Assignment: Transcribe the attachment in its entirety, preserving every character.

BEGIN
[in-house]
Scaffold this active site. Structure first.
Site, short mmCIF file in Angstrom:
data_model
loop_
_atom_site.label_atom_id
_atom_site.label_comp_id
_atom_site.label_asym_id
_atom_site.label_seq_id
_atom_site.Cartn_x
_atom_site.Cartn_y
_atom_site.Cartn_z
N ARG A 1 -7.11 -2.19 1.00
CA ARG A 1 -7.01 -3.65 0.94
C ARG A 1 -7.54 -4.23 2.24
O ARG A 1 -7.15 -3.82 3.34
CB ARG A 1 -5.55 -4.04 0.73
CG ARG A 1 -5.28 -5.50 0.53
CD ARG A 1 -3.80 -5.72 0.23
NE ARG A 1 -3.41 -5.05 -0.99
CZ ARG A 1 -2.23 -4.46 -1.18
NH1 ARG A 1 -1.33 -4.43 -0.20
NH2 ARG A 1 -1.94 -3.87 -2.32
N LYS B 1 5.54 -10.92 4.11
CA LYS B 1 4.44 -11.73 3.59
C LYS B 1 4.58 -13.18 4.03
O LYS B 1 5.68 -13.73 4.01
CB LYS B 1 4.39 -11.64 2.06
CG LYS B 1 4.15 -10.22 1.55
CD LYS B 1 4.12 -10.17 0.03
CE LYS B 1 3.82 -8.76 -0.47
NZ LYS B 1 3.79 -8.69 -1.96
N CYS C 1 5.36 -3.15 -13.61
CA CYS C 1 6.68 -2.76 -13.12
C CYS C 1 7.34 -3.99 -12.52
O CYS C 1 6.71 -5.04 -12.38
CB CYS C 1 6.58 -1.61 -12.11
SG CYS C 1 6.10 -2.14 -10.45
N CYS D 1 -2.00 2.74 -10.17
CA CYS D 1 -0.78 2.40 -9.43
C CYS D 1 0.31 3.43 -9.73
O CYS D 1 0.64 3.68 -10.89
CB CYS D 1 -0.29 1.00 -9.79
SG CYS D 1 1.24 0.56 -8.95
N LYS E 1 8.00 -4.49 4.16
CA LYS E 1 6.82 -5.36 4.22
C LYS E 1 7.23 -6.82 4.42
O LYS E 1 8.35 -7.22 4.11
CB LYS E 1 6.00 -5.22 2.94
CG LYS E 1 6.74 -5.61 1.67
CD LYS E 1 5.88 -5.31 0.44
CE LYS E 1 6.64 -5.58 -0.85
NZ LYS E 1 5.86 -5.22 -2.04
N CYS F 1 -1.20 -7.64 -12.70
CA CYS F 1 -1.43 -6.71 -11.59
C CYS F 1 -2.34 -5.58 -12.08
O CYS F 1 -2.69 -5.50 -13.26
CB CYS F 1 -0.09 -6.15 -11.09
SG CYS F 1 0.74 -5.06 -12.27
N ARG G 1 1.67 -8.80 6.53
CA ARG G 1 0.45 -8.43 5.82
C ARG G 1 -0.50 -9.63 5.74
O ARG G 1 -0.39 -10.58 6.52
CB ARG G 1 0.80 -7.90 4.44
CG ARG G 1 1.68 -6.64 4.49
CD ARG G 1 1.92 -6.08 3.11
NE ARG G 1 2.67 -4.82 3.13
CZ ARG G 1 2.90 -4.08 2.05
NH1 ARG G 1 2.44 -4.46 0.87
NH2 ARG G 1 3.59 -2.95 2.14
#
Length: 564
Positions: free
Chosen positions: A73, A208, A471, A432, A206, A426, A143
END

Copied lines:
[in-house]
Scaffold this active site. Structure first.
Site, short mmCIF file in Angstrom:
data_model
loop_
_atom_site.label_atom_id
_atom_site.label_comp_id
_atom_site.label_asym_id
_atom_site.label_seq_id
_atom_site.Cartn_x
_atom_site.Cartn_y
_atom_site.Cartn_z
N ARG A 1 -7.11 -2.19 1.00
CA ARG A 1 -7.01 -3.65 0.94
C ARG A 1 -7.54 -4.23 2.24
O ARG A 1 -7.15 -3.82 3.34
CB ARG A 1 -5.55 -4.04 0.73
CG ARG A 1 -5.28 -5.50 0.53
CD ARG A 1 -3.80 -5.72 0.23
NE ARG A 1 -3.41 -5.05 -0.99
CZ ARG A 1 -2.23 -4.46 -1.18
NH1 ARG A 1 -1.33 -4.43 -0.20
NH2 ARG A 1 -1.94 -3.87 -2.32
N LYS B 1 5.54 -10.92 4.11
CA LYS B 1 4.44 -11.73 3.59
C LYS B 1 4.58 -13.18 4.03
O LYS B 1 5.68 -13.73 4.01
CB LYS B 1 4.39 -11.64 2.06
CG LYS B 1 4.15 -10.22 1.55
CD LYS B 1 4.12 -10.17 0.03
CE LYS B 1 3.82 -8.76 -0.47
NZ LYS B 1 3.79 -8.69 -1.96
N CYS C 1 5.36 -3.15 -13.61
CA CYS C 1 6.68 -2.76 -13.12
C CYS C 1 7.34 -3.99 -12.52
O CYS C 1 6.71 -5.04 -12.38
CB CYS C 1 6.58 -1.61 -12.11
SG CYS C 1 6.10 -2.14 -10.45
N CYS D 1 -2.00 2.74 -10.17
CA CYS D 1 -0.78 2.40 -9.43
C CYS D 1 0.31 3.43 -9.73
O CYS D 1 0.64 3.68 -10.89
CB CYS D 1 -0.29 1.00 -9.79
SG CYS D 1 1.24 0.56 -8.95
N LYS E 1 8.00 -4.49 4.16
CA LYS E 1 6.82 -5.36 4.22
C LYS E 1 7.23 -6.82 4.42
O LYS E 1 8.35 -7.22 4.11
CB LYS E 1 6.00 -5.22 2.94
CG LYS E 1 6.74 -5.61 1.67
CD LYS E 1 5.88 -5.31 0.44
CE LYS E 1 6.64 -5.58 -0.85
NZ LYS E 1 5.86 -5.22 -2.04
N CYS F 1 -1.20 -7.64 -12.70
CA CYS F 1 -1.43 -6.71 -11.59
C CYS F 1 -2.34 -5.58 -12.08
O CYS F 1 -2.69 -5.50 -13.26
CB CYS F 1 -0.09 -6.15 -11.09
SG CYS F 1 0.74 -5.06 -12.27
N ARG G 1 1.67 -8.80 6.53
CA ARG G 1 0.45 -8.43 5.82
C ARG G 1 -0.50 -9.63 5.74
O ARG G 1 -0.39 -10.58 6.52
CB ARG G 1 0.80 -7.90 4.44
CG ARG G 1 1.68 -6.64 4.49
CD ARG G 1 1.92 -6.08 3.11
NE ARG G 1 2.67 -4.82 3.13
CZ ARG G 1 2.90 -4.08 2.05
NH1 ARG G 1 2.44 -4.46 0.87
NH2 ARG G 1 3.59 -2.95 2.14
#
Length: 564
Positions: free
Chosen positions: A73, A208, A471, A432, A206, A426, A143